Montgomery council grapples with low voter turnout -- Gazette.Net







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Only 16 percent of Montgomery County’s registered voters turned out to vote in the June 24 primary election and a council-appointed task force has been studying ways to both boost participation and uphold voting rights.

The Right to Vote Task Force presented its 59 recommendations to the council Tuesday.

Among its recommendations were ways to increase voter registration, including a pending registration process in which eligible, unregistered residents would be entered into a system allowing the county or state to reach out to them to register them to vote.

Councilman George L. Leventhal (D-At large) of Takoma Park said that simply increasing registration wouldn’t necessarily increase turnout.

It’s not hard to register or vote, Councilman Philip M. Andrews said.

“The primary question is ‘Why are not more people voting?’” said Andrews (D-Dist. 3) of Gaithersburg.

Council President Craig L. Rice levied partial blame for the low turnout on the media.

Media outlets rarely report the good government does, giving voters a negative impression of their local leaders and government, therefore disengaging voters from the process, said Rice (D-Dist. 2) of Germantown.

“If the reports are always about the failure of government and not the success of government, how do you expect people to be engaged?” he asked.

Councilwoman Nancy Navarro said the county needs to look at its own tools to publicize its good work.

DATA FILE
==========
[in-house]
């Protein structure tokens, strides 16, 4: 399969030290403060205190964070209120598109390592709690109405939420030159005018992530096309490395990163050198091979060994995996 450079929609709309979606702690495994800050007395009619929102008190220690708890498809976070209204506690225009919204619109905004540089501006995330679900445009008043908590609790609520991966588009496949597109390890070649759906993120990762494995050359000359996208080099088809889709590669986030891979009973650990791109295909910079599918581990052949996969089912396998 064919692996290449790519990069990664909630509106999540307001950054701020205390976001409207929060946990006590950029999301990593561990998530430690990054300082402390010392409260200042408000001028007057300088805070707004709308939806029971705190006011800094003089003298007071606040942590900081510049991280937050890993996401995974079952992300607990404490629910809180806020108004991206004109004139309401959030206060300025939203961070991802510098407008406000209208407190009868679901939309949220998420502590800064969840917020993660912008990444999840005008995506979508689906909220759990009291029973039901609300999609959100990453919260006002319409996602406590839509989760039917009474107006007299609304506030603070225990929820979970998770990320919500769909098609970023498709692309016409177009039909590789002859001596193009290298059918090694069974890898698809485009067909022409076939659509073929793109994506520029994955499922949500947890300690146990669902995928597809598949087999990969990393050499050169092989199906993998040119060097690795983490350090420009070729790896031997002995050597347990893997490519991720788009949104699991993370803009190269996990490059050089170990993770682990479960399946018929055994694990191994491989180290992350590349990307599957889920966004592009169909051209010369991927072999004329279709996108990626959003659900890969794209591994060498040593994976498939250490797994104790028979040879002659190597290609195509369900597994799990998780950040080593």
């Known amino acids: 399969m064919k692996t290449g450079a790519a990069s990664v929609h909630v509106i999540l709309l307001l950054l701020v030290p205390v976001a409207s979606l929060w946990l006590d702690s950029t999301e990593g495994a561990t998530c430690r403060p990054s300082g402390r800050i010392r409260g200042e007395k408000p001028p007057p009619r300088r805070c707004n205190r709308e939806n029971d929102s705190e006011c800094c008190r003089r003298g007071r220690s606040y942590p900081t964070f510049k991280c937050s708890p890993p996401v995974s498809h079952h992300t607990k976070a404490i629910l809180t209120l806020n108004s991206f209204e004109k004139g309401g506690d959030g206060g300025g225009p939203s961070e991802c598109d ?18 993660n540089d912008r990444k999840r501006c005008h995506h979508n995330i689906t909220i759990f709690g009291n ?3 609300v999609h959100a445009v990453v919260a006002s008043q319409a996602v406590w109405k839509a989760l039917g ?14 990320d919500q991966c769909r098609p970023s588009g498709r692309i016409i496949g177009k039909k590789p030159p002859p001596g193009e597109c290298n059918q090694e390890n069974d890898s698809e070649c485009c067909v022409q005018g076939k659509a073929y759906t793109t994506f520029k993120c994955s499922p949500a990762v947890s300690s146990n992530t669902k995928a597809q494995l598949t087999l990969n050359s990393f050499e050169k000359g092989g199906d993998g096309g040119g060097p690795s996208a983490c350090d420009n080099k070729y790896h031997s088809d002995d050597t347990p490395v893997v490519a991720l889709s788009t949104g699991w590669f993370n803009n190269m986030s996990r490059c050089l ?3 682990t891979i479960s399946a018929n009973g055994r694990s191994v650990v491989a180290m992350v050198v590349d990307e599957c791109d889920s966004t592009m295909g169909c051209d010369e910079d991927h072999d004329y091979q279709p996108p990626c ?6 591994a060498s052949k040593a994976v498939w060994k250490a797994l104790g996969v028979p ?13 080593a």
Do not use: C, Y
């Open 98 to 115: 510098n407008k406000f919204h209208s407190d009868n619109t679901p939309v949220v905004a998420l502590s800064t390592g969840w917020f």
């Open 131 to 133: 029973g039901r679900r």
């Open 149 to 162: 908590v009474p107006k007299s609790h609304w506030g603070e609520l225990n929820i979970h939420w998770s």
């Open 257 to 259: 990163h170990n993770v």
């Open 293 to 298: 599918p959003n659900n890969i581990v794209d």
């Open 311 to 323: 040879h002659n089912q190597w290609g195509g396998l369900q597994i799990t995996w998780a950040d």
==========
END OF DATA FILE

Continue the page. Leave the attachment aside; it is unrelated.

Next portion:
Candidates have blamed the low turnout on Maryland moving its primary from September to June this year. Councilwoman Nancy Floreen (D-At large) of Garrett Park asked if it was possible to consider a regional primary day to help with voter turnout.

Councilman Roger Berliner (D-Dist. 1) of Bethesda said he was concerned with actions the council could take to make a difference.

To engage voters, the task force recommended the county develop a mobile app to provide information on early voting, the ballot, polling locations and more.

It also recommended the county urge the state’s political parties to open their primaries to unaffiliated voters, something the parties can easily do without a change in the law, and that the county phase-in rank choice voting, which would allow voters to rank their choices first, second, third and so on.

While rank choice voting would require the state to purchase new voting equipment that can tabulate various forms of balloting, Timothy Male, chairman of the task force, said his group saw rank choice voting as a way to increase the power of an individual’s vote in races with a variety of candidates.

Councilwoman Cherri Branson said voters need a reason, an incentive to head to the polls.

She highlighted how record high spending in the primary also accompanied the low turnout.

“You can’t pay people to be interested,” said Branson (D-Dist. 5) of Silver Spring. “People will either be interested or not interested depending on the substance of what is happening. This is truly a problem you can’t throw money at.”

Low turnout has everything to do with whether people believe their vote matters, she said.

The council also is considering legislation to establish a public financing system for elections.

A public hearing on the task force’s report is scheduled for 7:30 p.m. Sept. 23.